“The goal of the NH Rebellion was to make the corrupting influence of money in politics the number one issue by asking all future candidates a single question: How will you end the system of corruption in Washington?” explained Skarin. “I believe I already have an answer for 2014 by running as an independent using a 100% voter-funded campaign.”
For the past ten years, Bruce has been employed as a Senior Simulation Scientist at Aptima, a Woburn-based government research and development company with a focus on human-centered engineering. Over the last two years, in his spare time, Bruce has been applying his expertise to evaluate why the U.S. government has been unable to make meaningful progress on big problems like long-term climate change and the national debt.
“Part of the problem is that Congress is ill-equipped for understanding the complexities of the challenges,” explains Skarin, “yet tracing the issues further led me to the nearly chemical dependence between representatives and the big money required to win today’s elections.”
It was this insight that led Bruce to join the NH Rebellion, a movement spearheaded by Harvard Professor Lawrence Lessig. Lessig has spent the better part of seven years advocating against the system of corruption in Washington as described in his 2013 Ted Talk.
Bruce hopes to change that sentiment by taking an entirely new approach to politics.
“If I try to beat Senator Markey at his own game, I’ll lose,” explains Skarin. “Instead of chasing huge amounts of money from a tiny number of people, I will be seeking a tiny amount of money from a huge number of people”
“It’s about returning to our roots of having a government, of, by, and for the people,” he added.
Bruce has set the maximum individual campaign contribution to just $15 per year, which is over 150 times lower than the federal maximum.
“I know I cannot afford contributing $2,600 just to have my voice heard in Congress,” points out Skarin, “I don’t expect that the vast majority of my supporters can either. If we want equal representation, then it has to be affordable”
To launch his campaign, Bruce is proposing a five-month, one thousand mile walking tour of Massachusetts.
Building on the legacy of other great walkers and reformers like Martin Luther King, Gandhi, and Doris “Granny D” Haddock, Bruce hopes to use his walking campaign to gain ballot access, to explain his approach, and most importantly, to listen to voters.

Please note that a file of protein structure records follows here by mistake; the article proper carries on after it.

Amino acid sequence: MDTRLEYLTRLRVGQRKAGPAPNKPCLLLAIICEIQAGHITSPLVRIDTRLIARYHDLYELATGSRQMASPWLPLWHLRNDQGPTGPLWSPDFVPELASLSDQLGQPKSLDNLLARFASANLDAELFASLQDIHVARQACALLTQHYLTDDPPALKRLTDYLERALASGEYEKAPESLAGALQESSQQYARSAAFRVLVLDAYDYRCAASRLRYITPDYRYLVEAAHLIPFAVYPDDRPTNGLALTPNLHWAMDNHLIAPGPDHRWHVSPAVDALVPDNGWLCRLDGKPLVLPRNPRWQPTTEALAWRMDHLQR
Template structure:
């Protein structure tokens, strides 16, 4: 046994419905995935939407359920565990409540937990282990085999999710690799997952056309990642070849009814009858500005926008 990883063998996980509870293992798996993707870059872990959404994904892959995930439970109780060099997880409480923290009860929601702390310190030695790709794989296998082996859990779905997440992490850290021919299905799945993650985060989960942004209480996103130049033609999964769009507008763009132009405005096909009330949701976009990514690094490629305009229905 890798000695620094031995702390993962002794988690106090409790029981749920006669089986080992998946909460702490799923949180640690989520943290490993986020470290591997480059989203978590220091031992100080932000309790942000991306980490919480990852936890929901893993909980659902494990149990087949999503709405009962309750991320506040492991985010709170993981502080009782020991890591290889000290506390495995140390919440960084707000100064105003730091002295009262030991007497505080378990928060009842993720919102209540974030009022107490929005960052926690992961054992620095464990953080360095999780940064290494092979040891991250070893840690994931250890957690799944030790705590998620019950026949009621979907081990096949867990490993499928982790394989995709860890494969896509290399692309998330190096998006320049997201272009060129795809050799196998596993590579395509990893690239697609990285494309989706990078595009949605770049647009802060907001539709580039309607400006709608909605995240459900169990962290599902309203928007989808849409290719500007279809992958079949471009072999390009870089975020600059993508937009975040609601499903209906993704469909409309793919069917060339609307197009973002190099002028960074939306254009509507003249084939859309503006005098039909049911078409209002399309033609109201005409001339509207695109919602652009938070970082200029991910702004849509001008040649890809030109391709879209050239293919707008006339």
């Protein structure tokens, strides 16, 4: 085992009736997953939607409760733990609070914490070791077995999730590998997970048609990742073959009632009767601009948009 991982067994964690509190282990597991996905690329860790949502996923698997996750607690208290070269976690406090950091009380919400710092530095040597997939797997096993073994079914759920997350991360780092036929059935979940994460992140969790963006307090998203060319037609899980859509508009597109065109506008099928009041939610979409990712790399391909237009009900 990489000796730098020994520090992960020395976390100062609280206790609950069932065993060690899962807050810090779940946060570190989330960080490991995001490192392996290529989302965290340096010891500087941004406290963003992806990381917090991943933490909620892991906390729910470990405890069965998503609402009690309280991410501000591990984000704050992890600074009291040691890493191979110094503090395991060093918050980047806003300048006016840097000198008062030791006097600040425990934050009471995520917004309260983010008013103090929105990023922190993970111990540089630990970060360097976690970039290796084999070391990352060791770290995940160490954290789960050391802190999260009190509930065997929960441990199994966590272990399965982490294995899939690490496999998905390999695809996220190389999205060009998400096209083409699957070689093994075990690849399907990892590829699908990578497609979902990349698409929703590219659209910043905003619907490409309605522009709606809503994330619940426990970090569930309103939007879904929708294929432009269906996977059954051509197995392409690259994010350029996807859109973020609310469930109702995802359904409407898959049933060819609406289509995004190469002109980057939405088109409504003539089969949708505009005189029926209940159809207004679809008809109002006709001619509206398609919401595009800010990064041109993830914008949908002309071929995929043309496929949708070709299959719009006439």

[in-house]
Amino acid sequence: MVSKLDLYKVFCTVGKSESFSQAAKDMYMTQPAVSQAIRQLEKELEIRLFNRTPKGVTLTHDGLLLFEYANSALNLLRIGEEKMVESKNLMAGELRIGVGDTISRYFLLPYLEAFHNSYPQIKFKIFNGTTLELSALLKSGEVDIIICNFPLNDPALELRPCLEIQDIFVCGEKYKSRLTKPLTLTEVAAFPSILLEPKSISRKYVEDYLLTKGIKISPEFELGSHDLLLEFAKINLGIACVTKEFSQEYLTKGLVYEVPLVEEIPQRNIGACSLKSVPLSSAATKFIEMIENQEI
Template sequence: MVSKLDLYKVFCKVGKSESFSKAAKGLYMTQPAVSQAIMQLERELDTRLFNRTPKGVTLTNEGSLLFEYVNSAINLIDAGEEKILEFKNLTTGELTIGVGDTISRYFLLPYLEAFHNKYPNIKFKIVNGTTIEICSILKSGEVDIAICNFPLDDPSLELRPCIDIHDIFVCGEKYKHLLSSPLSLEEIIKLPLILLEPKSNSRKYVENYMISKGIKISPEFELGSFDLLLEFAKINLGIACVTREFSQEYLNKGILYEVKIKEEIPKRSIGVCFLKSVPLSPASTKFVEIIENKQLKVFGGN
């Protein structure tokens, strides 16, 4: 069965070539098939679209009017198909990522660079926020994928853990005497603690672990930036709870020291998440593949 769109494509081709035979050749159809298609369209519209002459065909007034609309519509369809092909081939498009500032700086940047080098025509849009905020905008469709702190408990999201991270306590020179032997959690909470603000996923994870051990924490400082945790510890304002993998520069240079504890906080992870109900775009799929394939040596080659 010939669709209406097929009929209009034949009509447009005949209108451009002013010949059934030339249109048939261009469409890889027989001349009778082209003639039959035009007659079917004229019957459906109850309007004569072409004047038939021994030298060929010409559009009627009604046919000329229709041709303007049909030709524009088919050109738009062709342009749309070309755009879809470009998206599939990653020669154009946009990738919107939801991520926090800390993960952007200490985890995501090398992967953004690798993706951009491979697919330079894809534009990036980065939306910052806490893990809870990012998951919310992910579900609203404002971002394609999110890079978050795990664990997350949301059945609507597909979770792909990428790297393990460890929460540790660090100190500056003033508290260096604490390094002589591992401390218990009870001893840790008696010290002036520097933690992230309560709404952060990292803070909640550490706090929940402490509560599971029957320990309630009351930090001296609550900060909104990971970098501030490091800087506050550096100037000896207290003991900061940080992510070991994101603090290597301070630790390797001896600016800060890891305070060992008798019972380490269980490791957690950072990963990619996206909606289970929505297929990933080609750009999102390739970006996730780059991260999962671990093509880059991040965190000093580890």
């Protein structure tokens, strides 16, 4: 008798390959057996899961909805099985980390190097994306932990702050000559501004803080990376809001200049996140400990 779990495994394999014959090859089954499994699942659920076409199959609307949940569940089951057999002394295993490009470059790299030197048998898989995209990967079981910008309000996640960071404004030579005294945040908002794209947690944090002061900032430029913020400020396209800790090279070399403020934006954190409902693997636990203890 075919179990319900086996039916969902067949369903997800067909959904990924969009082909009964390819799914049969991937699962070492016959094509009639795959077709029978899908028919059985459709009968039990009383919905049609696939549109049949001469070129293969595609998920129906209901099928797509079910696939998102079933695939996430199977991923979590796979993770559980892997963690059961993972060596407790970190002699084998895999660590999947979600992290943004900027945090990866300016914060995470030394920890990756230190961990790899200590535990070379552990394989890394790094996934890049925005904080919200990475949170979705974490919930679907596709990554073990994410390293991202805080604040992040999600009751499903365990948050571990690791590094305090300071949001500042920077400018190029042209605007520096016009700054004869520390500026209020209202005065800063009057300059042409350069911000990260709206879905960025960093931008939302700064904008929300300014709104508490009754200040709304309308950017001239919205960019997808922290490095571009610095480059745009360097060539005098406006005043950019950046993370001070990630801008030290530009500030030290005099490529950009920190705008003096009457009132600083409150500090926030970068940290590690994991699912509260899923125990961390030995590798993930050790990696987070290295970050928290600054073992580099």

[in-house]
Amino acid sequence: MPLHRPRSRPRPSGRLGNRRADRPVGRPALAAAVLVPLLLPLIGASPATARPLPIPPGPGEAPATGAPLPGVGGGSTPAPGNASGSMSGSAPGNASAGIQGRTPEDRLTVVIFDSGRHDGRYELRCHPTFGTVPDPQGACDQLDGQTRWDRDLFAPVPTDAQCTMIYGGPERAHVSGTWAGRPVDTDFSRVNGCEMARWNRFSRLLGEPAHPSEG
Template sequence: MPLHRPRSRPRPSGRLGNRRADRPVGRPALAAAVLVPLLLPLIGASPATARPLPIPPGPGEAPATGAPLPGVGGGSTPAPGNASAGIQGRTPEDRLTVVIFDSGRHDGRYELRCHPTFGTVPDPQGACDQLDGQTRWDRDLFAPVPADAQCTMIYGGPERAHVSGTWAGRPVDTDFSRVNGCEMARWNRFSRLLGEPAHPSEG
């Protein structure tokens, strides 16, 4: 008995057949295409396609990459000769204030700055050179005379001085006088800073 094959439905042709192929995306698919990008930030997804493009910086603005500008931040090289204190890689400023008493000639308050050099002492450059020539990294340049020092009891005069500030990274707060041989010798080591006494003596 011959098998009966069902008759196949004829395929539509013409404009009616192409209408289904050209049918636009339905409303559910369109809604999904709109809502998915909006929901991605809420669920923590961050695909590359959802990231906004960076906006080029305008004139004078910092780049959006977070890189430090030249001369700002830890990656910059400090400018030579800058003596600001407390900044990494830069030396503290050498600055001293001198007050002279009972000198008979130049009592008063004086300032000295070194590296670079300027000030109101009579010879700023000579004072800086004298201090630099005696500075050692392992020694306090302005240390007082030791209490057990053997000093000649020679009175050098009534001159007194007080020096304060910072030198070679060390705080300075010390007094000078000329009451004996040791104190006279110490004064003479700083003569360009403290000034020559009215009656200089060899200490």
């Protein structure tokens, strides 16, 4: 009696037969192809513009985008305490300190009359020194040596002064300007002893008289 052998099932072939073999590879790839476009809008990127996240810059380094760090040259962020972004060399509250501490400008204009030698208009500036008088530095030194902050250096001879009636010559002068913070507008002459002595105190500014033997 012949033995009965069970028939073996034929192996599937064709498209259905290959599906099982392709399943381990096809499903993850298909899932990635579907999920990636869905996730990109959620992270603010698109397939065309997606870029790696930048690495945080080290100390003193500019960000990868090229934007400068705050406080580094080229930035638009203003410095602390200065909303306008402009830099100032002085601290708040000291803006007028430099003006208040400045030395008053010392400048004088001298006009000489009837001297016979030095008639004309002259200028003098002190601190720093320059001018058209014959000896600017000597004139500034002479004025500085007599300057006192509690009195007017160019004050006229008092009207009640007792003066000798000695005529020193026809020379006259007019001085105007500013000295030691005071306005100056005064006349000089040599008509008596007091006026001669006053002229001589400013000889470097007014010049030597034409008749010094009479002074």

“I want to do more than just refuse big money,” Skarin notes. “I want to create a new way for representing the priorities of the people instead of only powerful interests.”
As a project manager for a number of advanced research contracts, Bruce is also proposing to do far more than just talk about solving problems. With a Master’s degree in System Dynamics from WPI and 10 years of experience, Bruce intends to use his unique skills to develop an innovative way for supporters to rank their national priorities and to receive high quality information in exchange for their support.
It's about establishing a meaningful way to be responsive to voter feedback and bringing representative democracy into the 21st century.Bruce Skarin
While the odds may be largely against him, Bruce is confident that there is a unique opportunity to disrupt the status quo. One indication, he notes, is that Massachusetts voter registration for independents is now one of the highest in the nation with 53 percent of voters registered as independents.
“There is widespread dissatisfaction with the political establishment right now,” observes Skarin. “My challenge is to connect with voters and to explain that it is incumbent upon each and every one of us to uphold the right to fair and equal representation.”
Bruce believes that the people are ready as long as the approach is realistic and not just another fringe political fad.
“I’m not so foolish as to believe that I can come in as an independent with some good ideas and expect to win. Instead I believe that by doing the right thing and fixing the political system first, that we the people can win and then fix everything else,” concluded Skarin.